Variable Incidence Horizontal Stabilisor

Discussion in 'Aircraft Design / Aerodynamics / New Technology' started by StRaNgEdAyS, Aug 4, 2004.

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  1. Aug 4, 2004 #1

    StRaNgEdAyS

    StRaNgEdAyS

    StRaNgEdAyS

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    Oh how I hate not having my comp back up (yet).
    I've got all these great ideas to try out and nothing to draw them with bar the good old Mk1 pencil, and no scanner to post them with.
    Anyway, I'll just have to be descriptive.
    I was thinking about an advanced method of trimming which even though it could add a bit of weight, could very well provide a superior method of trimming an aircraft over a wider range of mission parameters.
    The idea stemmed from experimentation soon to be undertaken my Mr Langford of KRnet fame on the optimum angle of incidence for the horizontal stabilisor to give a neutral trim state at cruise.
    He is basically making his horizontal adjustable on the ground, to be fixed once he has an incidence he is happy with.
    I thought,why not take this one step further, and build a permanant pivot point in at the spar, and using an electrically driven threaded rod, similar to a feed screw on a lathe, to make the horizontals' incidence variable?
    Could this provide a much grater range of trim? It may well be much more efficient than a traditional trim tab.
    Sure, if it works it'll be almost twice the weight of a conventional electric trim, but for the versatility and possible greater effectiveness, why not?
     
  2. Aug 4, 2004 #2

    orion

    orion

    orion

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    Actually quite a few airplanes use this method of trimming rather than the more standard elevator trim tab. The most common example is the Super Cub but quite a few others use this method, including most commercial aircraft.

    The use af a variable incidence horizontal results in more trim authority, which in turn results in a wider allowable CG range, especially at the forward end of things.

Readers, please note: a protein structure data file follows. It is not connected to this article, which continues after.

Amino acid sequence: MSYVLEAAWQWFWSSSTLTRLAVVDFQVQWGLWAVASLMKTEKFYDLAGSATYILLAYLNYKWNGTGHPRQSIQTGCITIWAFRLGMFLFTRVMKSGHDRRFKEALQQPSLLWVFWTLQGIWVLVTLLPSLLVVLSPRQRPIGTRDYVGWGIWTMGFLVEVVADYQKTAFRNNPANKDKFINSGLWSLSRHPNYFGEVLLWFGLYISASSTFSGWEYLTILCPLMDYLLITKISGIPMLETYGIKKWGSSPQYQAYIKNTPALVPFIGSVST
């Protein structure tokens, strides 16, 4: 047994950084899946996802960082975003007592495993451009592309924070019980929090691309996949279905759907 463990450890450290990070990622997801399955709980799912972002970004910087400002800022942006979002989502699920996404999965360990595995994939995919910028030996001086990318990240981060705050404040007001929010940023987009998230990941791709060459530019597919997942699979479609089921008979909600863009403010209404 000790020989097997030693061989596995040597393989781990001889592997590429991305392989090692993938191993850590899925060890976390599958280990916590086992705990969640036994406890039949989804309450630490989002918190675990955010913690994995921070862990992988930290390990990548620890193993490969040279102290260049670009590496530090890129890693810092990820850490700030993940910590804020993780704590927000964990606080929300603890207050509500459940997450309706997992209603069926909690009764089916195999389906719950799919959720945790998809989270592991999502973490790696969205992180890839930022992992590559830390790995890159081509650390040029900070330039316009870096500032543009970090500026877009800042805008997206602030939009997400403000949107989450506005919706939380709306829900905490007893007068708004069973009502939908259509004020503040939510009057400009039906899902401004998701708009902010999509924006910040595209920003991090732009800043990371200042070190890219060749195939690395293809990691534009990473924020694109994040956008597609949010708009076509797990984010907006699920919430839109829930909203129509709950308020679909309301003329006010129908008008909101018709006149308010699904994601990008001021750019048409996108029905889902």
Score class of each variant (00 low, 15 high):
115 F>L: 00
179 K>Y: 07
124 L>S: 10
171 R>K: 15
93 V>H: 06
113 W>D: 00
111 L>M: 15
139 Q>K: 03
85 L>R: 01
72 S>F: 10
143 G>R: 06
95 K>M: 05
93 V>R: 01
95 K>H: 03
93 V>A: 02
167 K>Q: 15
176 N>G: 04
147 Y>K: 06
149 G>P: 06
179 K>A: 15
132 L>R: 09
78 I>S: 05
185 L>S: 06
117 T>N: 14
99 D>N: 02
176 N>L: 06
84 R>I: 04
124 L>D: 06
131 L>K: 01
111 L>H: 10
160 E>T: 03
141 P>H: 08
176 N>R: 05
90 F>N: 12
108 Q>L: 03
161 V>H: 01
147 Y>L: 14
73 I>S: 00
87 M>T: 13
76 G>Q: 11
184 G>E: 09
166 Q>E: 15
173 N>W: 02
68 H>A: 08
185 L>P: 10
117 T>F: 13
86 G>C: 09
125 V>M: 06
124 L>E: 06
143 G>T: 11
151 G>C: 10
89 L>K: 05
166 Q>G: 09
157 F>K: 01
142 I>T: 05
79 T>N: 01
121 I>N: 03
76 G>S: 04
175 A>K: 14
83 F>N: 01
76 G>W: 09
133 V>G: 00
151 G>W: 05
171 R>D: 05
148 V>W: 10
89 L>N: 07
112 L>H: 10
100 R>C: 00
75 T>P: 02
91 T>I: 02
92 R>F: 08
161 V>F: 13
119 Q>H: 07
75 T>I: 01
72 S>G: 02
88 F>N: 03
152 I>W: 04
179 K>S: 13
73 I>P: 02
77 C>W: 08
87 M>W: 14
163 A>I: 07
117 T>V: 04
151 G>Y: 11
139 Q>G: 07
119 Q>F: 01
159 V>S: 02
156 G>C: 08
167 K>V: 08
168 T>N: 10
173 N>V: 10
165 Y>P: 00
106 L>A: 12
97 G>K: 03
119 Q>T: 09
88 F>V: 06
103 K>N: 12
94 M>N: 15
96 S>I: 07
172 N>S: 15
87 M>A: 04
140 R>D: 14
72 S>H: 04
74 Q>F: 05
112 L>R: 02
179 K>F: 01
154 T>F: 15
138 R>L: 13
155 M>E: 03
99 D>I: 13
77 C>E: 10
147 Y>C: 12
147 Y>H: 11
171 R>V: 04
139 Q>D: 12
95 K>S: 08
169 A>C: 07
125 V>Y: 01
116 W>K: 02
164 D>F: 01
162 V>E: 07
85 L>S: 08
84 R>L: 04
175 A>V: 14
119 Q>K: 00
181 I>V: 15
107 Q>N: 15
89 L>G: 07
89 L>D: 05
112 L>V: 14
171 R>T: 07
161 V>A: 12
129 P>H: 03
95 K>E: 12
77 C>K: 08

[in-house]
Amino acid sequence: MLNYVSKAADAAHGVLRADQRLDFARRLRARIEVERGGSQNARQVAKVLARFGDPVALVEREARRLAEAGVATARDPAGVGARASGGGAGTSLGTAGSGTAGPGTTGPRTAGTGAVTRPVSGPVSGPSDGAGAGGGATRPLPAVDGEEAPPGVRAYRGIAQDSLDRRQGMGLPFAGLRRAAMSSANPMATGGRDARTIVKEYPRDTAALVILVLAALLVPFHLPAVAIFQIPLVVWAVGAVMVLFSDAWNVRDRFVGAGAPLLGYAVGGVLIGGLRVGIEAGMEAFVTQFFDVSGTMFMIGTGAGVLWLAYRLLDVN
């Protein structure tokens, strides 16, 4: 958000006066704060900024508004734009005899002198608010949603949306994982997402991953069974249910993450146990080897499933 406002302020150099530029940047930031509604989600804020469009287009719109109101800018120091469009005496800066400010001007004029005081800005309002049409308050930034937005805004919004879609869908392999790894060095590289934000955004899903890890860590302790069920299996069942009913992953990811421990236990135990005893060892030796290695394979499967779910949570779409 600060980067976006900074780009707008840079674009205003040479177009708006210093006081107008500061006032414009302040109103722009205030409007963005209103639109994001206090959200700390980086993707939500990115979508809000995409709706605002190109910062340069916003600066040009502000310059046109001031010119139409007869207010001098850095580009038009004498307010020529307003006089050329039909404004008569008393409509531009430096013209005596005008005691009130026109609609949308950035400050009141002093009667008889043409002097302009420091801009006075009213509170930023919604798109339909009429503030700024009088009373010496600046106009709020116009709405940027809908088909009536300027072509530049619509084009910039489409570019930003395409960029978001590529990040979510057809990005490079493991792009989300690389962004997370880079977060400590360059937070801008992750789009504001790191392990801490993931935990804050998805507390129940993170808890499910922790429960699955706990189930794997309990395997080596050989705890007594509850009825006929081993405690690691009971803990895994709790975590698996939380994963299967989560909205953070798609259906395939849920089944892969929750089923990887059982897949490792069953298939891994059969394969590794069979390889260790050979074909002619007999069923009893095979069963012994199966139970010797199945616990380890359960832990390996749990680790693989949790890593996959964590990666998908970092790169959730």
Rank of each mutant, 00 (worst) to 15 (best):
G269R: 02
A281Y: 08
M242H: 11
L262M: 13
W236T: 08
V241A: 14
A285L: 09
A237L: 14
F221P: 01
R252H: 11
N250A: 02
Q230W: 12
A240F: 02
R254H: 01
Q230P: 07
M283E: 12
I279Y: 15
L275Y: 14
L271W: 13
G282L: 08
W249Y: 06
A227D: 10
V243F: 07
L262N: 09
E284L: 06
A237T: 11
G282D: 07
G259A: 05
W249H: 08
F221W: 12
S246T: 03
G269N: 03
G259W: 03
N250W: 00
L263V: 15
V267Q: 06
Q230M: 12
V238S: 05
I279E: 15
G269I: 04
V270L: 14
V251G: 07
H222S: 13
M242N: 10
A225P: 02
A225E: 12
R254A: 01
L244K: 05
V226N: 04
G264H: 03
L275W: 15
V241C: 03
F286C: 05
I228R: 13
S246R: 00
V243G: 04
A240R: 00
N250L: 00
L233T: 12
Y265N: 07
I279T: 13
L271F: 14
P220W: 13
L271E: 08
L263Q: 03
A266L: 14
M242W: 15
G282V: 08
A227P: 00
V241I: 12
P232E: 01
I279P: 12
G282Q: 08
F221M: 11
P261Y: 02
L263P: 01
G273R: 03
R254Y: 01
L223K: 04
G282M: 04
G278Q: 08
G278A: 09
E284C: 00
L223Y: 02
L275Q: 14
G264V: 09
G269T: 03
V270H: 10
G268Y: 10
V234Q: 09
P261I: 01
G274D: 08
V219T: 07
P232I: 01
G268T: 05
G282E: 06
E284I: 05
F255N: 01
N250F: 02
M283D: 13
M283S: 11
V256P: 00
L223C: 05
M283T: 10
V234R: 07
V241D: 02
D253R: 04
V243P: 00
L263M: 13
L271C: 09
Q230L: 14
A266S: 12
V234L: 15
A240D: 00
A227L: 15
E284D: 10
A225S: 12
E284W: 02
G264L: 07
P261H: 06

The drawback is added system complexity and possibly less mounting stiffness. The latter is especially important since it can be a source of flutter. The jack screw can also be the weak link in the system and so it has to be a focus of good design and mounting, as well as maintenance (as the Alaska Airlines airplane found out several years ago).
     
  3. Aug 5, 2004 #3

    pylon500

    pylon500

    pylon500

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    As ORION said, the 'adjustable stab' is actually fairly common and, as mentioned , can give a wider trimming range.
    Another bonus is that through-out the trimming range, the stick/yoke will tend to stay in the same place (like R/C gear) as opposed to moving to a new position as you retrim the elevator.
    But the downside is still the weight and complexity.
    Also, even if built strong enough for air loads, you might find that if you accidentally push you KR gently into the back of the hanger, you could rip off the whole tail :eek:
    instead of just crunching the elevator. :wail: :mad:
    Arthur.
     

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